It’s official: Ingredient in diet cola is linked to cancer, according to the World Health Organization

People have been saying for years that Diet Coke causes cancer, but a recent decision by the world’s top global health body has finally confirmed what we’ve all suspected for some time.

Health is a total minefield. From the counterintuitive and little-known risks of intermittent fasting to the terrifying repercussions of getting too little sleep, you often find yourself wondering if there’s anything left out there that’s actually, uncomplicatedly, good for you. Sadly, today we have received yet another blow as the WHO has designated one of the world’s most popular soft drinks (or, more specifically, the active sweetener in it) as a cancer risk, putting to rest the endless debates that have raged in the fitness community for years.

One of the world’s most commonly used artificial sweeteners, aspartame, which is what sweetens Diet Coke, will be labeled a possible carcinogen by the International Agency for Research on Cancer (IARC), a leading global health body affiliated with the Organization World Health Organization (CHI). This decision pitted the sweetener used in many of the world’s most popular soft drinks and confectionery, not just Diet Coke, against the food industry and regulators.

According to inside sources, IARC experts finalized their ruling earlier this month, saying aspartame will be listed as “possibly carcinogenic to humans”. The purpose of their evaluation was to determine potential dangers based on published evidence from scientific institutions around the world, but they don’t actually comment on safe consumption levels. This is where the WHO comes in, which is reportedly preparing individual consumption guidelines issued by their expert committee on food additives, known as the JECFA. There are many acronyms, but be patient.

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Previous IARC rulings on other popular ingredients have generated widespread concern, lawsuits, and even industry-wide lobbying for recipe changes; this new ruling on aspartame is expected to create a similar knock-on effect. While the IARC assessments can certainly be a bit longwinded and confusing to the lay-led public, hopefully the JECFA is also reviewing the use of aspartame. debate, much to the shock of the soda and candy industries.

However, it would be foolish for both the public and industry insiders to ignore the IARC ruling and rest on our laurels until WHO releases its report, given the considerable weight of the historic IARC rulings. In 2015, the committee concluded that glyphosate was “probably carcinogenic,” which led to ongoing legal battles for big companies like Germany’s Bayer.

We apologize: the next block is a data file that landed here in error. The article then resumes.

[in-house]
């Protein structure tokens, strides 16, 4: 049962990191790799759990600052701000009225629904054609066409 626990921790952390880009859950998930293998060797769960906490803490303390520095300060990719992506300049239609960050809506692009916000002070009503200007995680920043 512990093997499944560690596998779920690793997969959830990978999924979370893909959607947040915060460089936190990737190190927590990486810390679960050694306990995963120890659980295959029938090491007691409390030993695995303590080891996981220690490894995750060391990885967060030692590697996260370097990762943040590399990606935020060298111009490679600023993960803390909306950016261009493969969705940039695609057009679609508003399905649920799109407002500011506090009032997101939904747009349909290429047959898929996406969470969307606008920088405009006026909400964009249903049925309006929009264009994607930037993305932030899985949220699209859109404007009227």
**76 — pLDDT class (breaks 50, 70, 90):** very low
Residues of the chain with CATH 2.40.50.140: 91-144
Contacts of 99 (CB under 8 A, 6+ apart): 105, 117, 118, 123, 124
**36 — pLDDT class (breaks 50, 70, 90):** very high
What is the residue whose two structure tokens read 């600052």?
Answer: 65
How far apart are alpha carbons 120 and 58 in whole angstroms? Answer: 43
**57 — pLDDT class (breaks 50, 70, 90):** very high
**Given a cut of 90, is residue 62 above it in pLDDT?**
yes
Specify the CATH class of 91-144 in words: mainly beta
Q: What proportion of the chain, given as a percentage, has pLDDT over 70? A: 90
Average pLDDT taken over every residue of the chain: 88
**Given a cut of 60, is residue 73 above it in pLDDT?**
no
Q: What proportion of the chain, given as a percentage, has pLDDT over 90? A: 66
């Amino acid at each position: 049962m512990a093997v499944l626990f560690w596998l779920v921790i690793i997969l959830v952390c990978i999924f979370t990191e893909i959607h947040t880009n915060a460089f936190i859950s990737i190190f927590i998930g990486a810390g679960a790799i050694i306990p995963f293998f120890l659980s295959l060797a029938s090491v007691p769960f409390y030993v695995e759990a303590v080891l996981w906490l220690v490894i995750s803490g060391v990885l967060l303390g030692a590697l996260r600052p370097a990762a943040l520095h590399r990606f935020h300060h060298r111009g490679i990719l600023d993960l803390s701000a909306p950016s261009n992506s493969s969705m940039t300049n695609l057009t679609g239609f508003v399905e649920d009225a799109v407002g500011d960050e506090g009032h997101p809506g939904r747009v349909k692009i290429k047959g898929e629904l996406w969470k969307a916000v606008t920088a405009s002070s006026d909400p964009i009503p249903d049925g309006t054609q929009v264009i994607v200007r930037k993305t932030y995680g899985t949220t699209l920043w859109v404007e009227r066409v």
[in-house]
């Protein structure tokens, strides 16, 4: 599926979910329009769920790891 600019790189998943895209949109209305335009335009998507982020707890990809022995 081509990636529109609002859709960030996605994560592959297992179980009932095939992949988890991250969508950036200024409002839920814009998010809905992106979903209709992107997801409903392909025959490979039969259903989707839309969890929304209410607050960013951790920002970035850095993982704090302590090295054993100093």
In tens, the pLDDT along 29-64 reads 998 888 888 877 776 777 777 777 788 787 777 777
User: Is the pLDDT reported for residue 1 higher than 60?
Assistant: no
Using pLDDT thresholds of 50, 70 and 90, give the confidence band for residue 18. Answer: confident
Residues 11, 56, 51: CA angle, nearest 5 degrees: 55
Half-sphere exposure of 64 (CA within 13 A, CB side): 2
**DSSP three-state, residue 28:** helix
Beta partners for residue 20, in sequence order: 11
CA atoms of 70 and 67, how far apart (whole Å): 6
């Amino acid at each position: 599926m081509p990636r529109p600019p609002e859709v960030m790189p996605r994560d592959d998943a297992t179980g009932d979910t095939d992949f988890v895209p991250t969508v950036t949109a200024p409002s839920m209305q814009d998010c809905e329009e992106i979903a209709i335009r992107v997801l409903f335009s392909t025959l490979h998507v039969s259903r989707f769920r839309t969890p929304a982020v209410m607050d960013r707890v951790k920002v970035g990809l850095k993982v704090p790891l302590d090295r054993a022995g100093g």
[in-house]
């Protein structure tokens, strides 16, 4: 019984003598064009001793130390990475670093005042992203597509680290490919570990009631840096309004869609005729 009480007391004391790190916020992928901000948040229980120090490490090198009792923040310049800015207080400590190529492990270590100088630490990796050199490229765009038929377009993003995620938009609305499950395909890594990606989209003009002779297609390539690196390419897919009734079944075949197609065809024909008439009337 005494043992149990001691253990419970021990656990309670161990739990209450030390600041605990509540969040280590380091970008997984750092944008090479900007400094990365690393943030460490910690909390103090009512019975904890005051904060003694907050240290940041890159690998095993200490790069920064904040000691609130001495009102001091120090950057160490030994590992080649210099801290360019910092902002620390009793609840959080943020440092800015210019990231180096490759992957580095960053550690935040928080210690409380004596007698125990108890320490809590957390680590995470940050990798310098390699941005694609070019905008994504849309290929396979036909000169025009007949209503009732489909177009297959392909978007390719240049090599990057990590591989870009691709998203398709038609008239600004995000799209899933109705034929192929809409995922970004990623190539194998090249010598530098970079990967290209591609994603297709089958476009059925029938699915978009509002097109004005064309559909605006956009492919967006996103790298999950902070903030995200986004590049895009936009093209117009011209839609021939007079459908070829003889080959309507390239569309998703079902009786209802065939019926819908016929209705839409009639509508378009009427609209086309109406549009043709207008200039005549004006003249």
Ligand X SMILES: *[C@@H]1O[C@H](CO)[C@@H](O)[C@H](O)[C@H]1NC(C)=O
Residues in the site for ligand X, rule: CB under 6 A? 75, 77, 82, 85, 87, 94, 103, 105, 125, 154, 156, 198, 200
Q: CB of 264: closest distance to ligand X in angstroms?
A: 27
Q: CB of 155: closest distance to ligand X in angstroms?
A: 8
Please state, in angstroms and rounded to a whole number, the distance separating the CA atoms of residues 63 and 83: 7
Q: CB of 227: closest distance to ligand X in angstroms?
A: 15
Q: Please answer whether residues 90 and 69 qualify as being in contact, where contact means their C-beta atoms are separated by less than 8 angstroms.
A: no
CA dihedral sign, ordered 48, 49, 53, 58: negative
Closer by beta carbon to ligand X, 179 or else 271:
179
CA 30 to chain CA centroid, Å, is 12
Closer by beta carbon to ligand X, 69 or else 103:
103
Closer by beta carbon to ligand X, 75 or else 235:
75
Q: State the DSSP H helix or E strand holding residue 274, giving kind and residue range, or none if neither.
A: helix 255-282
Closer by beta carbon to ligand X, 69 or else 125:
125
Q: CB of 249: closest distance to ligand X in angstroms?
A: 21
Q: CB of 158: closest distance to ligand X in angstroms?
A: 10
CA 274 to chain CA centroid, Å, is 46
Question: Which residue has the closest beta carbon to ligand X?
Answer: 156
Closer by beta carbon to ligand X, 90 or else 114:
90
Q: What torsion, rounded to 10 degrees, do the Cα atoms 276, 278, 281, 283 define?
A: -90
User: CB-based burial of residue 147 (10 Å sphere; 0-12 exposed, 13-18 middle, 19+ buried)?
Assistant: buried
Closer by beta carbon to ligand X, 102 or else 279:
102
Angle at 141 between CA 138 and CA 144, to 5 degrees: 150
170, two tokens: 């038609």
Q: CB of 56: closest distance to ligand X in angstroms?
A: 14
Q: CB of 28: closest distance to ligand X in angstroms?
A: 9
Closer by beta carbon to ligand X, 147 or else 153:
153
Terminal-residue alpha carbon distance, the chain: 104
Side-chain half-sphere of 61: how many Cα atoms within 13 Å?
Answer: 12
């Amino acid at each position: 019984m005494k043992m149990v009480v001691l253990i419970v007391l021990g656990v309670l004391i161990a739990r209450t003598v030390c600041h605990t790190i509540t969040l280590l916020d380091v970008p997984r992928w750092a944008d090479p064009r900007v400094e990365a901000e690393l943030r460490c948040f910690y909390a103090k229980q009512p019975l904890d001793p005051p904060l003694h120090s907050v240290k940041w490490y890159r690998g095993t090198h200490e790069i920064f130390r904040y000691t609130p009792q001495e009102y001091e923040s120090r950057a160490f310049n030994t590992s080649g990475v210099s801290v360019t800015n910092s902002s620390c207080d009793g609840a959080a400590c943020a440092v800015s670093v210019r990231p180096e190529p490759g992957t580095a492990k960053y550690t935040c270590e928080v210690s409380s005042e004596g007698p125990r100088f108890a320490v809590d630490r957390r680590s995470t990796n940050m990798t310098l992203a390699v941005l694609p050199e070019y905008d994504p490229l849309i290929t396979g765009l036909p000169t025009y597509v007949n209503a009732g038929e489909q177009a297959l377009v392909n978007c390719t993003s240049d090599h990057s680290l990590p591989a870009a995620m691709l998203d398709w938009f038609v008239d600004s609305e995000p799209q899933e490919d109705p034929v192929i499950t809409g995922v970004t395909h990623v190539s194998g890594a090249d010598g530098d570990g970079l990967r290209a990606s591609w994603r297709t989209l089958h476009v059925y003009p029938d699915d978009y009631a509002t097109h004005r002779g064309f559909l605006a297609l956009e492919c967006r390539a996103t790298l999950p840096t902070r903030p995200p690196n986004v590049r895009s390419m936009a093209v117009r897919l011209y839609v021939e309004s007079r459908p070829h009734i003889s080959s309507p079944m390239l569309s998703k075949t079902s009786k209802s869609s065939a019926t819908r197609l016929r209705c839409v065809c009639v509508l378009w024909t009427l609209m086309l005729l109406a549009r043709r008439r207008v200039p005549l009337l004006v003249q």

However, the IARC has also been criticized for causing unnecessary alarm and confusion with its different and complex levels of classification. The classification of aspartame as “possibly carcinogenic” implies robust but ultimately limited evidence of its potential to cause cancer, hence the need for a WHO review to truly seal its fate.

Unsurprisingly, industry stakeholders have expressed concerns about the timing of the IARC and JECFA trials, while American and Japanese regulators have made calls for careful coordination in an effort to avoid confusing the public or causing a potentially unnecessary uproar. The International Sweeteners Association (ISA) questioned the scientific thoroughness of the IARC review, while the International Council of Beverages Associations warned consumers were being misled into choosing sugary options over safe and much healthier alternatives without and at low sugar content.

PepsiCo, led by CEO Ramon Laguarta, has already made several changes to the recipes of its products. Image: WorldWarZeo

Aspartame has been studied extensively over the years, and global regulators have repeatedly cleared its use after reviewing the available evidence. However, observational studies have shown a slightly higher cancer risk associated with consuming larger amounts of artificial sweeteners, including aspartame. The methodology of the studies on both sides of the aisle has been questioned, including by the European Food Safety Authority (EFSA).

Major food and beverage companies have defended the use of aspartame, but recipe tweaks like those made by PepsiCo apparently belie at least a small concession from manufacturers and the knowledge that balancing taste preferences with health concerns it’s bound to be a constant struggle. Whatever the outcome of this sizzling debate, it serves as an unwelcome reminder that even the smallest sweets can leave a rather bitter aftertaste.

Anyway, all of this is to say that if you really like Diet Coke, you might want to grab yourself a few cans while still, well, you can… Or maybe the prospect of aspartame causing cancer might be enough to make you quit for good . Cheers to that.

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